[32] Qian L, Xiao QS, Meng X, Shou CZ, Shanhui F. A three-dimensional photonic topological insulator using a two-dimensional ring resonator lattice with a synthetic frequency dimension. Sci Adv 2018;4:1–7. Search in Google Scholar
[33] Zhukov LE, Raikh ME. Chiral electromagnetic waves at the boundary of optical isomers: quantum cotton-mouton effect. Phys Rev B 2000;61:12842–7.10.1103/PhysRevB.61.12842 Search in Google Scholar
[34] Alexander AZ, Vladimir AZ. Chiral electromagnetic waves in weyl semimetals. Phys Rev B 2015;92:115310.10.1103/PhysRevB.92.115310 Search in Google Scholar
[35] Haldane FDM, Raghu S. Possible realization of directional optical waveguides in photonic crystals with broken time-reversal symmetry. Phys Rev Lett 2008;100:013904.10.1103/PhysRevLett.100.01390418232766 Search in Google Scholar
[36] Raghu S, Haldane FDM. Analogs of quantum-hall-effect edge states in photonic crystals. Phys Rev A 2008;78:033834.10.1103/PhysRevA.78.033834 Search in Google Scholar
[37] Dafei J, Ling L, Zhong W, et al. Topological magnetoplasmon. Nat Commun 2016;7:13486.2789245310.1038/ncomms13486 Search in Google Scholar
[38] Mahoney AC, Colless JI, Pauka SJ, et al. On-chip microwave quantum hall circulator. Phys Rev X 2017;7:011007. Search in Google Scholar
[39] Mário GS. Chern invariants for continuous media. Phys Rev B 2015;92:125153.10.1103/PhysRevB.92.125153 Search in Google Scholar
[40] Sylvain L, Mário GS. Link between the photonic and electronic topological phases in artificial graphene. Phys Rev B 2018;97:165128.10.1103/PhysRevB.97.165128 Search in Google Scholar
[41] Gangaraj S, Monticone F. Do truly unidirectional surface plasmon-polaritons exist? arXivpreprintarXiv:1904.08392 (2019). Search in Google Scholar
[42] Delplace P, Ullmo D, Montambaux G. Zak phase and the existence of edge states in graphene. Phys Rev B 2011;84:195452.10.1103/PhysRevB.84.195452 Search in Google Scholar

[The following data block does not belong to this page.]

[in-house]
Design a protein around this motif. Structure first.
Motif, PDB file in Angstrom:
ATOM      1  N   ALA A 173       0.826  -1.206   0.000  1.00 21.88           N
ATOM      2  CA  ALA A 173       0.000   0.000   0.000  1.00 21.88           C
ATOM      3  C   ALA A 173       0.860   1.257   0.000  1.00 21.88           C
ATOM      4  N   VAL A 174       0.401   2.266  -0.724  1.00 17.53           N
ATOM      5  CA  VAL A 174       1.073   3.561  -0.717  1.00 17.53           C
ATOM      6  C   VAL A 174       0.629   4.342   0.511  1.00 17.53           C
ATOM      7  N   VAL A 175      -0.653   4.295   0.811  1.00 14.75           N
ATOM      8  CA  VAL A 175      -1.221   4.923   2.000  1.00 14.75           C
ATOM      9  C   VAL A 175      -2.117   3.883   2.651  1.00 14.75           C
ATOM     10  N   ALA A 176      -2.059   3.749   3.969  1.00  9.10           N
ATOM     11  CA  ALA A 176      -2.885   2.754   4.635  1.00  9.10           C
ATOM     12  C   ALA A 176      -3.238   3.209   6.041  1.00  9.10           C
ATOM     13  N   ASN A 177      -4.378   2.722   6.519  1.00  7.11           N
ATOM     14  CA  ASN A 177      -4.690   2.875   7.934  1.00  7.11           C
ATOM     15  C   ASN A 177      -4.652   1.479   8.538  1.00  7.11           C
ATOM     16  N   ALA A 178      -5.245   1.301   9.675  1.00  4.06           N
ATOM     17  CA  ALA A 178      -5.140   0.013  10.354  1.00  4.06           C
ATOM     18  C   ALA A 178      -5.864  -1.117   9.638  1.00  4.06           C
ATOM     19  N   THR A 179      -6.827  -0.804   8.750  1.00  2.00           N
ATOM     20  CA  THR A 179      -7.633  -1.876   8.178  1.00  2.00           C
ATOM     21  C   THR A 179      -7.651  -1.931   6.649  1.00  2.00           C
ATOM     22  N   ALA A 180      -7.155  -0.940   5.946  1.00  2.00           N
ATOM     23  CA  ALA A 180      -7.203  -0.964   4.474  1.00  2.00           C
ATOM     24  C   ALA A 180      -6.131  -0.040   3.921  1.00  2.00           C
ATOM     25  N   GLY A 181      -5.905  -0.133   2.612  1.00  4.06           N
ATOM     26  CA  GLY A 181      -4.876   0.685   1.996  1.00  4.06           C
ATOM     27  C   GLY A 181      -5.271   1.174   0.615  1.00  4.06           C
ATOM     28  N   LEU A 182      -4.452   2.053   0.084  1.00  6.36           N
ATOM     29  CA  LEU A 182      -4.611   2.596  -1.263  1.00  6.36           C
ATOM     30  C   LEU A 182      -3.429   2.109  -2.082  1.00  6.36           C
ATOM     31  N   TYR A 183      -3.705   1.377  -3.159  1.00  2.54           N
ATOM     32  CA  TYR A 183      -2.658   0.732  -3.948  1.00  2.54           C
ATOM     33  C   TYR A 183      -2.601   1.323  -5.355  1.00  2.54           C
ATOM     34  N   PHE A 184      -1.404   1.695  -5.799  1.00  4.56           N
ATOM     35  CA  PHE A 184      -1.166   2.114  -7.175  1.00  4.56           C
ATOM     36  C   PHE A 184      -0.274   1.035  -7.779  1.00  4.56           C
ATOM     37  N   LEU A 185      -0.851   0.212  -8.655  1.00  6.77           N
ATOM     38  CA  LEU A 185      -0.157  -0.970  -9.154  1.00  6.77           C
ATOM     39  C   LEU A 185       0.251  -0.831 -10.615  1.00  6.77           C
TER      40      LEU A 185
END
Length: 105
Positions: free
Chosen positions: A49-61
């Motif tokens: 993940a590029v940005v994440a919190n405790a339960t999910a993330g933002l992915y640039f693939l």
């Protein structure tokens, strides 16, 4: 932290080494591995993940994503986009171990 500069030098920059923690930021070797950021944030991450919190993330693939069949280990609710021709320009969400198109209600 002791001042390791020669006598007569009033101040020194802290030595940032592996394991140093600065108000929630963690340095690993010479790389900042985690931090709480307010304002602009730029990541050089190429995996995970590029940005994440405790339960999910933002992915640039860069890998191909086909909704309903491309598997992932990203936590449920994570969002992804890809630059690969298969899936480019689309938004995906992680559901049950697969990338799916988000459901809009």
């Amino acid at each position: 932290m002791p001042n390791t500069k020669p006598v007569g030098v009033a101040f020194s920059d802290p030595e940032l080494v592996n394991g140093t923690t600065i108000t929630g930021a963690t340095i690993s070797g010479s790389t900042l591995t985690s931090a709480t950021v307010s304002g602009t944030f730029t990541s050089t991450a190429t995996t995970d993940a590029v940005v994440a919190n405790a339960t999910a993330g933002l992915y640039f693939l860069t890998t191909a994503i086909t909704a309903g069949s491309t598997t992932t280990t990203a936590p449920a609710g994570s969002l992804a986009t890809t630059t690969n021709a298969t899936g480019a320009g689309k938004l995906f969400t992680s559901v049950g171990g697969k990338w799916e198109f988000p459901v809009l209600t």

[43] Roger SKM, Vasudha S. Edge states and the bulk-boundary correspondence in dirac hamiltonians. Phys Rev B 2011;83:125109.10.1103/PhysRevB.83.125109 Search in Google Scholar
[44] Shun QS, Wen YS, Hai ZL. Topolological insulator and the dirac equation. Spin 2011;1:33–44.10.1142/S2010324711000057 Search in Google Scholar
[45] Shen SQ. Topological insulators: dirac equation in condensed matter, Springer Series in Solid-State Sciences, Singapore: Springer, 2017. Search in Google Scholar
[46] Amal M, Vijay BS. Continuum theory of edgestates of topological insulators: variational principle and boundary conditions. J Phys Condens Matter 2012;24:355001.10.1088/0953-8984/24/35/35500122836561 Search in Google Scholar
[47] Bernevig BA, Hughes TL. Topological insulators and topological superconductors. Princeton, NJ: Princeton University Press, 2013. Search in Google Scholar
[48] Todd VM, Zubin J. Nonlocal topological electromagnetic phases of matter. Phys. Rev. B 2018;99:205146. Search in Google Scholar
[49] Shinsei R, Andreas PS, Akira F, Andreas WWL. Topological insulators and superconductors: ten fold way and dimensional hierarchy. New J Phys 2010;12:065010.10.1088/1367-2630/12/6/065010 Search in Google Scholar
[50] Jackiw R, Rebbi C. Solitons with fermion number. Phys Rev D 1976;13:3398–409.10.1103/PhysRevD.13.3398 Search in Google Scholar
[51] Thomas S, Thomas I, Claudio C, Roman J, So YP. Dissipationless conductance in a topological coaxialcable. Phys Rev B 2016;94:115110.10.1103/PhysRevB.94.115110 Search in Google Scholar
[52] Smith DR, Pendry JB, Wiltshire MCK. Metamaterials and negative refractive index. Science 2004;305:788–92.10.1126/science.109679615297655 Search in Google Scholar
[53] Todd V, MeZubin J. Universal spin-momentum locking of evanescent waves. Optica 2016;3;118–26.10.1364/OPTICA.3.000118 Search in Google Scholar
[54] Farid K, Thomas T, Zubin J. Universal spin-momentum locked optical forces. Appl Phys Lett 2016;108;061102.10.1063/1.4941539 Search in Google Scholar
[55] Konstantin YB, Daria S, Franco N. Quantum spin hall effect of light. Science 2015;348:1448–51.10.1126/science.aaa951926113717 Search in Google Scholar
[56] Mitsch R, Sayrin C, Albrecht BPS, Rauschenbeutel A. Quantum state-controlled directional spon-taneous emission of photons into a nanophotonic waveguide. Nat Commun 2014;5:5713.10.1038/ncomms6713 Search in Google Scholar
[57] Young AB, Thijssen ACT, Beggs DM, et al. Polarization engineering in photonic crystal waveguides for spin-photonentanglers. Phys Rev Lett 2015;115:153901.10.1103/PhysRevLett.115.15390126550722 Search in Google Scholar
[58] Bliokh KY, Rodríguez FJ, Nori F, Zayats AV. Spin-orbit interactions of light. Nat Photon 2015;9:796.10.1038/nphoton.2015.201 Search in Google Scholar
[59] Peter L, Sahand M, Søren S, et al. Chiral quantum optics. Nature 2017;541:473.10.1038/nature2103728128249 Search in Google Scholar
[60] Michela FP, Anatoly VZ, Francisco JRF. Janus and Huygens dipoles: near-field directionality beyond spin-momentum locking. Phys Rev Lett 2018;120:117402.2960175210.1103/PhysRevLett.120.117402 Search in Google Scholar